However, the MP3 ENCODER is "open"..... the only real requirement is that the file it outputs will play in a standard decoder (which does set lots of practical constraints).
    On the plus side, this encourages programmers to think up new and better encoding methods...... and new and better ways to apply perceptual coding.
    However, on the downside, it means that two MP3 encoders may produce different results, from the same input file, even if the same exact settings are applied.
    So it is literally true that a given MP3 encoder may produce better results with certain content and poorer results with others.
    The upside of this is that it encourages competition and product improvements; the downside is that you never know exactly what you're getting when you receive an "MP3" file.
    (I recall one product from years ago that actually encoded each file tree times, using three different encoders, then prompted the user to "pick the version that sounded better" - individually for each song.)

    I also do apologize for seeming to be so "pedantic" about the subject of lossy encoders.
    However, far from what some folks seem to think, it has been my experience that many people DO NOT understand the difference between lossless and lossy encoders.
    For example, I frequently encounter "audio CDs" made from iTunes..... whose owners seem to have no idea that, even though the CD itself is lossless, since their SOURCE was a lossy AAC file, the CD they have is NOT identical to a real purchased CD copy.
    I haven't looked lately, but iTunes used to offer a very misleading "make a CD" option in the menu - with no warning that the CD you make will be different than a CD you might purchase.
    I see this as a dangerous side effect of "too many grey areas" - which is why I tend to view such grey areas as a significant problem.
    I have no problem whatsoever when people use AAC or MP3...... but, when someone presents me with a CD, which he says is "just a CD", but then I find out it was sourced from an MP3 or AAC file, THEN I have a major problem.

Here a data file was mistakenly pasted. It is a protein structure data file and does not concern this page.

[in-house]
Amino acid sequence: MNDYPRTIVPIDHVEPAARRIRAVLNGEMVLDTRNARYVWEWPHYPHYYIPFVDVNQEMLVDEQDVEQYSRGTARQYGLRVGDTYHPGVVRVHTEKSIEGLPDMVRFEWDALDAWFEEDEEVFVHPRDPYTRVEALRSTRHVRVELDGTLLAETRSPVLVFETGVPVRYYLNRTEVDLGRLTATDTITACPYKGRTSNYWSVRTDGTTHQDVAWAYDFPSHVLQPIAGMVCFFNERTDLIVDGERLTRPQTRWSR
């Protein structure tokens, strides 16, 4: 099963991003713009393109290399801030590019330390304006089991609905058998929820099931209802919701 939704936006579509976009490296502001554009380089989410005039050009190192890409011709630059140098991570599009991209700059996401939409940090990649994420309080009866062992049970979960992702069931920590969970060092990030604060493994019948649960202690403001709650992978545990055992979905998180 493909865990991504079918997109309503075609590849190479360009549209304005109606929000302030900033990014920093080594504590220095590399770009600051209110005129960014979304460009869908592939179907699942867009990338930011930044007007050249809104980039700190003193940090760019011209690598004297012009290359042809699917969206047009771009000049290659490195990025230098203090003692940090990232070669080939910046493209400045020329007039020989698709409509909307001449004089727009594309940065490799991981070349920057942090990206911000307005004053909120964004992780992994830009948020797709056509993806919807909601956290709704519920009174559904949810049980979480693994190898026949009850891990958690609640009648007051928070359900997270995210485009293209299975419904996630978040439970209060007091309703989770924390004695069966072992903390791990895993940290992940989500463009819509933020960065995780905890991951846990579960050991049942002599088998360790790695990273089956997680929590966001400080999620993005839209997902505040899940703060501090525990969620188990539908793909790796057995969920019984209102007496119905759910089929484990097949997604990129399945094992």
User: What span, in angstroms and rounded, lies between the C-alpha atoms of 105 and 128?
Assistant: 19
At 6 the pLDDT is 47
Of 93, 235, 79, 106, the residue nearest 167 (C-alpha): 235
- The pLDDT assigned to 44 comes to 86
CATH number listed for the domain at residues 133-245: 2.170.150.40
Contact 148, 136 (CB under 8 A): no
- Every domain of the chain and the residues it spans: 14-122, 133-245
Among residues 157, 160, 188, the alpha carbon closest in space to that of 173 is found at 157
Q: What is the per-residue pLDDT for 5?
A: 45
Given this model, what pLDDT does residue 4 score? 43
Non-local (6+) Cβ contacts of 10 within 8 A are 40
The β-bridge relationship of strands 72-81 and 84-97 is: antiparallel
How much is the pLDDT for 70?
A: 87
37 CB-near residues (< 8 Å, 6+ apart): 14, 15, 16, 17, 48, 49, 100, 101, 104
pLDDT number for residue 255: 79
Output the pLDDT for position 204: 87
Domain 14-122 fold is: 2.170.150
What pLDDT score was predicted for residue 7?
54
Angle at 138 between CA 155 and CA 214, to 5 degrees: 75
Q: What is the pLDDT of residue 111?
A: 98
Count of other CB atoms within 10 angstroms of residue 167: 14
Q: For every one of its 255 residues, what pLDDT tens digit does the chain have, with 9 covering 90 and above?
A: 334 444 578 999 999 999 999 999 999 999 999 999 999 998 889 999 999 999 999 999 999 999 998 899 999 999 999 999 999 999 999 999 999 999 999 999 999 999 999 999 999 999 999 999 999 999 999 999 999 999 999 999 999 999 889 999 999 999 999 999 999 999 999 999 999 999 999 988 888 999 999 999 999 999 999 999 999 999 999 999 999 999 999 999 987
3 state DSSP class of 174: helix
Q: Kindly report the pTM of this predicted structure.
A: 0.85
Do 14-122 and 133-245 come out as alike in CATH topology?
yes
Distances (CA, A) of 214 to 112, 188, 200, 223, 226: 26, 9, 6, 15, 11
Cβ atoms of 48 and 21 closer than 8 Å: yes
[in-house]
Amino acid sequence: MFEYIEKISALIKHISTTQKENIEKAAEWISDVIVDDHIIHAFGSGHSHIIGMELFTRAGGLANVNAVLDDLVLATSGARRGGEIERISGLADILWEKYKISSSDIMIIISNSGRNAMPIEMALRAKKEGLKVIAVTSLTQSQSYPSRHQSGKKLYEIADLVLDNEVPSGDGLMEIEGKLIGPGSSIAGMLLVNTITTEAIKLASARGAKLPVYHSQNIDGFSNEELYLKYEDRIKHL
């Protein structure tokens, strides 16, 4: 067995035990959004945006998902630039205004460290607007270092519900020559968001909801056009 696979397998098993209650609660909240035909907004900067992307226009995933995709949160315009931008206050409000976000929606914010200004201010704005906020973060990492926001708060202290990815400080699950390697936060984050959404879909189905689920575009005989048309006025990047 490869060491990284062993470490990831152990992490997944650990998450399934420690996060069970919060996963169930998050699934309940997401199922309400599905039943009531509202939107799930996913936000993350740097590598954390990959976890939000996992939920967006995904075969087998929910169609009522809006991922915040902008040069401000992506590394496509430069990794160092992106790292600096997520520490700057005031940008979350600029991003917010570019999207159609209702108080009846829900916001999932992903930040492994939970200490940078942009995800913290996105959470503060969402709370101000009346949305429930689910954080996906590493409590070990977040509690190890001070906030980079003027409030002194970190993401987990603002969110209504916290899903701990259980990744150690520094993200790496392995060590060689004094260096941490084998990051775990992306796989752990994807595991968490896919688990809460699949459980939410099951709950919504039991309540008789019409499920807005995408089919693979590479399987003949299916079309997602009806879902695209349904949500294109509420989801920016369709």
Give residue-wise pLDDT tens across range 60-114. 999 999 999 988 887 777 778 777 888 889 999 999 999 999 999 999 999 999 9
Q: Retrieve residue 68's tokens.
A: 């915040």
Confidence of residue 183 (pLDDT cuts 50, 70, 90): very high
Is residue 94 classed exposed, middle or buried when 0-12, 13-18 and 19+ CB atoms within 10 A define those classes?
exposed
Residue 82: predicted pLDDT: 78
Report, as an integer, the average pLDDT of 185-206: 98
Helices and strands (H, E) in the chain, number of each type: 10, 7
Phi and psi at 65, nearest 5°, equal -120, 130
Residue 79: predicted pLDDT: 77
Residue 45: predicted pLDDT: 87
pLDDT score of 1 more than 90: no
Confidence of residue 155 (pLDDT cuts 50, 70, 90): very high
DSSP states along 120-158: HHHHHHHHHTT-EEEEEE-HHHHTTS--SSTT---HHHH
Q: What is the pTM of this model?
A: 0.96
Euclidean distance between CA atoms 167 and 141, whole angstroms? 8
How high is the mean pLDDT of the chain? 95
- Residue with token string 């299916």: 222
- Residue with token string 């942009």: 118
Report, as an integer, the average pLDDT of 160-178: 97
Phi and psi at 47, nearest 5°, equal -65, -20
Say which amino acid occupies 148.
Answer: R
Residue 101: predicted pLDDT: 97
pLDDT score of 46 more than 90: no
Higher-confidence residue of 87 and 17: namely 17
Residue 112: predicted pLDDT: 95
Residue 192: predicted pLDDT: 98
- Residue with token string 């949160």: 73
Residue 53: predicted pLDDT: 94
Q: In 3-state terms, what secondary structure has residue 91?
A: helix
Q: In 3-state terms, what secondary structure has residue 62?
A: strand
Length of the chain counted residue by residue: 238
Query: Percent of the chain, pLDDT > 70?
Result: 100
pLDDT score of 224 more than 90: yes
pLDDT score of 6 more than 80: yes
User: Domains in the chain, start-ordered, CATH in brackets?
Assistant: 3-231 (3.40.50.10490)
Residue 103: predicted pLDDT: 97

Unfortunately, from my experience, an awful lot of people do NOT know enough to make that distinction.

    Many non-technical people I talk to seem to understand that there are different ways of encoding a file - but don't understand the lossy/lossless distinction....
    Likewise, many people apparently don't understand that JPG is a lossy image CODEC, and that the encoding used on Blu-Ray discs is also lossy (just less so that the one used by their favorite streaming service).

    It's also worth noting that, because each MP3 encoder is slightly different, generational copy issues will vary depending on which encoder is used.
    (For example, encoding a file a second time using the same encoder as was originally used is likely to produce less loss of quality - especially if the same settings were used. While encoding a file a second time on a different encoder,
    or using different settings, is more likely to result in different information being discarded each time, with an overall higher loss of accuracy.)
    It makes sense that this would be less important with AAC - because the encoders themselves, being proprietary, should be consistent.

    Last edited: Nov 28, 2017
  13. bigshot